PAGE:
Is your organization in the midst of becoming more digital? The answer is most likely yes — which also means you’ve probably been on a continuous-learning drive to reskill and upskill your workforce to try and fill those skill gaps that exist today and those that will emerge as needs continue to evolve.
But despite your best efforts, employees feel ill-equipped. In Gartner’s 2018 Shifting Skills Survey, we asked over 7,000 employees to self-assess their level of proficiency in in-demand skills.
- 70% said they haven’t mastered the skills they need for their jobs today.
- 80% said they lack both the skills they need both for their current role and their future career.
The problem, it turns out, is that the approach most organizations take to create continuous learners actually undermines skills preparedness. In fact, our research shows that building continuous learners actually decreases skills preparedness — by as much as 22% — thus hindering employees’ ability to keep pace.
Don’t despair: HR leaders can help employees keep pace with shifting skills needs — and generate tangible business value — by evolving their approach to employee learning and development to focus on building ‘connected’ learners. Unlike continuous learners, connected learners are in tune with in-demand market skills, the organization’s needs and the skill development opportunities they themselves need.
Attend the webinar: Building Connector Managers
3 ways to build connected learners
“To compete in the increasingly digital world, companies must ensure that their workforce has the necessary skills for today and tomorrow,” says Sari J. Wilde, Research Leader at Gartner. “This means considering the skills that the market is calling for, and showing employees the personal benefit of acquiring these new skills.”
Connected learners, like Connector managers, foster meaningful connections to and among employees, teams and the enterprise. Building connected learners requires a three-pronged approach:
- Take a market-driven, predictive approach to skills identification. Gather more objective, expansive and ongoing data on shifting skill needs by diversifying the inputs used for needs analysis. Don’t just rely on conversations with business leaders, who look internally but often lack the big picture. Determining the most pressing skill needs in this way forges a closer connection between employees and the market.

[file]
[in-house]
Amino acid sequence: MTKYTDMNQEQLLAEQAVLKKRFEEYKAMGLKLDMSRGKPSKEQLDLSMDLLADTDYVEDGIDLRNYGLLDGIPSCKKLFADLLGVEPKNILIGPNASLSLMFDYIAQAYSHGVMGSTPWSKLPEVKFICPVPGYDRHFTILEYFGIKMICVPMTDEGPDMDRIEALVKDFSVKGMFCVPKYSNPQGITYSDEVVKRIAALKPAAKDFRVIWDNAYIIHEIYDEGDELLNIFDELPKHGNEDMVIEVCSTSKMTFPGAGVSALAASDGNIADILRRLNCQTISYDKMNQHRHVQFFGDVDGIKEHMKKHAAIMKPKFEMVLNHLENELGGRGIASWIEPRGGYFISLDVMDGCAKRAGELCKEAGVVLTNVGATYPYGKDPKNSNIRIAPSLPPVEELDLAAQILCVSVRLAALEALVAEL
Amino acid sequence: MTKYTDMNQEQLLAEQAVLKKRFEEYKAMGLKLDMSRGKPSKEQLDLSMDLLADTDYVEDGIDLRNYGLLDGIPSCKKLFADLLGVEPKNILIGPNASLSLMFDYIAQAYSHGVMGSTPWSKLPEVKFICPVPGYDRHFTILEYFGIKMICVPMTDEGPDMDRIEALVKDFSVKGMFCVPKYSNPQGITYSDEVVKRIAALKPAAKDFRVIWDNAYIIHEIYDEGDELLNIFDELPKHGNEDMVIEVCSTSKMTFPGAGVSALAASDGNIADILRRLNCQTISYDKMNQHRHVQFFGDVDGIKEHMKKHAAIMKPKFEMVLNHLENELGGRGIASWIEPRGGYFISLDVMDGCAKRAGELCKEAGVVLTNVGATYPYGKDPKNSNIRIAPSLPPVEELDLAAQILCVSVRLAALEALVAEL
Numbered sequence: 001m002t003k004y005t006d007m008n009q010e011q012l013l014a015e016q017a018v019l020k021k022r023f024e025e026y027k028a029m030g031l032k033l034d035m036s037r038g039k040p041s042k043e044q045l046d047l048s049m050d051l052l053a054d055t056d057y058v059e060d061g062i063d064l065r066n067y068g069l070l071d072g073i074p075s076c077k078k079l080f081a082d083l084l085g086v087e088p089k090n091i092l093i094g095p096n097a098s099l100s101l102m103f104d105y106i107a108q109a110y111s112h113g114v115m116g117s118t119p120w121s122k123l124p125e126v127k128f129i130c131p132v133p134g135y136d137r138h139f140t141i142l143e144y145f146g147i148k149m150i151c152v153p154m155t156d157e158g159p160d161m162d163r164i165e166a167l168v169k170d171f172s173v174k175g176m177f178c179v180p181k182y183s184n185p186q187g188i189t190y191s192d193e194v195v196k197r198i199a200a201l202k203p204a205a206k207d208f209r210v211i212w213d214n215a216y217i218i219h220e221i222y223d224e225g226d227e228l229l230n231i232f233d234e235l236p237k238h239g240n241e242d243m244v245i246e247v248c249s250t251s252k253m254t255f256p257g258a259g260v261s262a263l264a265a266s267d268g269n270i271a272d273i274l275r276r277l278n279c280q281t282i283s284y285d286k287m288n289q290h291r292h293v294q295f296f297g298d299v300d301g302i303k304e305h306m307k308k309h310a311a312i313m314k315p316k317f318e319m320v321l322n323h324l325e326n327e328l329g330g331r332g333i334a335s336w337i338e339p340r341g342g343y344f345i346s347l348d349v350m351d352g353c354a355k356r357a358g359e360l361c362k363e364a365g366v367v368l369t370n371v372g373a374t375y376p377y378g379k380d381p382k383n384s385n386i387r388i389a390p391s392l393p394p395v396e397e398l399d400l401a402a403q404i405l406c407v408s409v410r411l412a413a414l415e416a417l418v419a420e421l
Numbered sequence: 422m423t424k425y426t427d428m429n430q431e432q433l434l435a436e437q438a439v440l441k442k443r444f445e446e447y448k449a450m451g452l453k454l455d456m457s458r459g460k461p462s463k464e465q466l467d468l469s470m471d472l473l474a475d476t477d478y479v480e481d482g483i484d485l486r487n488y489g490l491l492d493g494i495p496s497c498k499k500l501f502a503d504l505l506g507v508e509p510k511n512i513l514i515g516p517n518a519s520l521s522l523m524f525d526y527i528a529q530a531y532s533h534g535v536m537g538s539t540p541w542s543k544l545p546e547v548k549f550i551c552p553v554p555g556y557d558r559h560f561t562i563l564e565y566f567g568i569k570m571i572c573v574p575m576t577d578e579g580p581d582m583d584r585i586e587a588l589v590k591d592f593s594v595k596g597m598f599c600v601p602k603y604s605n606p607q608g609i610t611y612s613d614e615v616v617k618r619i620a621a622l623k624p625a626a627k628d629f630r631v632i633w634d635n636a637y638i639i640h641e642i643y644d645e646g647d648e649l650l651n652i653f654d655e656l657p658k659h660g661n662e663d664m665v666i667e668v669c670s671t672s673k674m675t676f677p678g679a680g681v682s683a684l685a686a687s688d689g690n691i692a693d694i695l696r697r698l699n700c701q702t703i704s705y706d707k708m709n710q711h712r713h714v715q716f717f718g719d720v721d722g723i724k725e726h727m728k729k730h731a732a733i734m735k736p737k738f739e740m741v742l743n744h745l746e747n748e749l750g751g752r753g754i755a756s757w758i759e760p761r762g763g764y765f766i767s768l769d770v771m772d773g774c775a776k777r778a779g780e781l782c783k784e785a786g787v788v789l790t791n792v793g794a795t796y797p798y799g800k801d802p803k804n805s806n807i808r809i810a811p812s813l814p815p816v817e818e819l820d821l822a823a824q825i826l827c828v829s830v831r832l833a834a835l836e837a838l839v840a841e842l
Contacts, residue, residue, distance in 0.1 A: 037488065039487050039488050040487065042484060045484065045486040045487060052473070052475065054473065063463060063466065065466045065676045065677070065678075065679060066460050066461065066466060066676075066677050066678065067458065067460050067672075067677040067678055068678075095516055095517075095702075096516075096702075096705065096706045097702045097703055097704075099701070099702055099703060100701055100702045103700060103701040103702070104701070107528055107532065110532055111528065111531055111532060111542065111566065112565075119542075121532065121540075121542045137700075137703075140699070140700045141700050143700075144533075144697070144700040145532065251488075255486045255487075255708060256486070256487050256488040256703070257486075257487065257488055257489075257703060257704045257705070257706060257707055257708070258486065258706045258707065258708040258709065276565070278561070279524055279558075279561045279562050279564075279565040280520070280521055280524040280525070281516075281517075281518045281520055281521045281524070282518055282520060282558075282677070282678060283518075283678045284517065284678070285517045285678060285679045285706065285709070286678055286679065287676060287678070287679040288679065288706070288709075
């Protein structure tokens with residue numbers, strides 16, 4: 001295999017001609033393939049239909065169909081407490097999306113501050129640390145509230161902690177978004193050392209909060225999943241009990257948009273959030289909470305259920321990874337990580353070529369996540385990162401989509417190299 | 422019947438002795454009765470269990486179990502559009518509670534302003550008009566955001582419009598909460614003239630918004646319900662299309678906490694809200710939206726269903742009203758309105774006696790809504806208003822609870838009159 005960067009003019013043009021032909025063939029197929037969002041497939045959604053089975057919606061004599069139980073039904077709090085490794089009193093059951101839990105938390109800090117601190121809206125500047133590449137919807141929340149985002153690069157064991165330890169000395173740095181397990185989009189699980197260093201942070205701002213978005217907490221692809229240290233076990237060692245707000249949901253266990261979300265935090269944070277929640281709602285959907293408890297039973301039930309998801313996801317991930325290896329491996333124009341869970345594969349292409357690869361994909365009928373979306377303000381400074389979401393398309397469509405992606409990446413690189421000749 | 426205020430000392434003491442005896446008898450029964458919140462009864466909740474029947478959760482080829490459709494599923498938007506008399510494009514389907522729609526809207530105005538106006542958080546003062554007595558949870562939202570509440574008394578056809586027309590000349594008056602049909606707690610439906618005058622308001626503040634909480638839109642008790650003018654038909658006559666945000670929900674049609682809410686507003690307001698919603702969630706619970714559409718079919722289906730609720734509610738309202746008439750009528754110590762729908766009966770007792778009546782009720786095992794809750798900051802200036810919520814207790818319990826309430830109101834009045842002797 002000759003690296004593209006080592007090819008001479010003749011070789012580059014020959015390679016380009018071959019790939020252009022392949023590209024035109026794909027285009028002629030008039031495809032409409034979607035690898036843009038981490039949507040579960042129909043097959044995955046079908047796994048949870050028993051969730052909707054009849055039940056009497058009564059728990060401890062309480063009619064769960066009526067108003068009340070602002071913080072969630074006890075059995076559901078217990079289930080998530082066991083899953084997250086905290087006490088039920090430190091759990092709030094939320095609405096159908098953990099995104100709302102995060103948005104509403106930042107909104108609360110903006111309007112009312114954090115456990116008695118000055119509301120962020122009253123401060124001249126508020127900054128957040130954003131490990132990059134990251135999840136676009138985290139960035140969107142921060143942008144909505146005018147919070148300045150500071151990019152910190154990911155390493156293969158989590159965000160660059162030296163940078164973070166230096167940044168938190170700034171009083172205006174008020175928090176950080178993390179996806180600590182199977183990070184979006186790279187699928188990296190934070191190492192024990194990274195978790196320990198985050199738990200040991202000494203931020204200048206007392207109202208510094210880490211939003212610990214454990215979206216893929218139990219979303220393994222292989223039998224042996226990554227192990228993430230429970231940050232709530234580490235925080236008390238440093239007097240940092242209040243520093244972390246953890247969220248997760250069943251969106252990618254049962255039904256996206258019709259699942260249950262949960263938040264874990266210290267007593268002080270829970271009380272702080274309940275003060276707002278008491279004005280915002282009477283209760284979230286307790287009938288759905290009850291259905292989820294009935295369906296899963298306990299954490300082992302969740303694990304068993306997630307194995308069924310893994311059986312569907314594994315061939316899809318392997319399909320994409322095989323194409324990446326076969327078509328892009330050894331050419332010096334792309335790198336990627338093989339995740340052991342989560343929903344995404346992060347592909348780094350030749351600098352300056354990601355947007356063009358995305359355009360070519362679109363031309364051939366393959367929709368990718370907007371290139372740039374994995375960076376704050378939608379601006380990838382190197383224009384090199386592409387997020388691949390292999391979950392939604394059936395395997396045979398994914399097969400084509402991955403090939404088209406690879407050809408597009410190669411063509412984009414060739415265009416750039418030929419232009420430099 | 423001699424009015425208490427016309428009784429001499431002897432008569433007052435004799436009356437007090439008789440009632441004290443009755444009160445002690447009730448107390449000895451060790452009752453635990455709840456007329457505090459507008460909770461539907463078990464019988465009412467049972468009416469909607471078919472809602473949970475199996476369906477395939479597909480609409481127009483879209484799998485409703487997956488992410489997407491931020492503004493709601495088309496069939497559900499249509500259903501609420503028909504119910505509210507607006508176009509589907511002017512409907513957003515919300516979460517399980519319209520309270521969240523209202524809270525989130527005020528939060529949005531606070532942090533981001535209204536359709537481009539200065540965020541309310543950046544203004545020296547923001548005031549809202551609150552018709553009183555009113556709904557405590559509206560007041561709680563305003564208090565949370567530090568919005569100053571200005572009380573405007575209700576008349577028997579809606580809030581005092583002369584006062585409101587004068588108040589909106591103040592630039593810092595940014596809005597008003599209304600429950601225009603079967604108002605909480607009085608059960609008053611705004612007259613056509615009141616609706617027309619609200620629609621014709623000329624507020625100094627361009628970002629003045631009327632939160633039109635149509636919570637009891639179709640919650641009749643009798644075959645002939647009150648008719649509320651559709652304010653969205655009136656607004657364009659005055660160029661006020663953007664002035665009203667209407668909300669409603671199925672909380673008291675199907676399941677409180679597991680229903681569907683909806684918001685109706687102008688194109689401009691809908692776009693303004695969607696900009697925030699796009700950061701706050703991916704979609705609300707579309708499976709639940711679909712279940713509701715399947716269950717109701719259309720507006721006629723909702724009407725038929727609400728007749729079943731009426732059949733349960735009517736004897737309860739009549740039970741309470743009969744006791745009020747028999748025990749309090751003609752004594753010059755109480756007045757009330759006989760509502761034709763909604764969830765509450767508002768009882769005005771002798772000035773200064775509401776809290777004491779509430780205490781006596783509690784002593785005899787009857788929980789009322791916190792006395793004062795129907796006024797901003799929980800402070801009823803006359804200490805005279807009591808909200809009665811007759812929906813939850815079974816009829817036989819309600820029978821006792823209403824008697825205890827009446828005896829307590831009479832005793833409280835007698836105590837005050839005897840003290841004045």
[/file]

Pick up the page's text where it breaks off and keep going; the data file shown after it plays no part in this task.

- Challenge employees to be more. Employees must own their own career development, but all too often feel disconnected from the organization’s development asks. Demonstrate to employees how they will grow personally by developing the skills the organization and market needs. HR already communicates heavily what the business’s requirements are, and you still need to do that, but 70% of communications should be targeted to employees as individuals.
- Connect employees to skill-building opportunities beyond their roles. Due to the pace of change, employees may not be able to upskill on-the-job for the skills they will need to succeed. Don’t just curate new learning content and provide self-service development options, which can be overwhelming and unfocused. Instead, broker learning experiences to accelerate new skill development and connect employees to cross-organizational and even extra-organizational skill-building opportunities. You can also encourage employees to use real-life applications to develop the skills they need.
Learn more: Reskilling the workforce
Connected-learner approach delivers business benefits
Gartner research shows that building connected learners boosts different elements of skills preparedness by 28%-39%, and delivers other benefits to employees and the organization. For example, connected learners are eight times more likely to be high performers.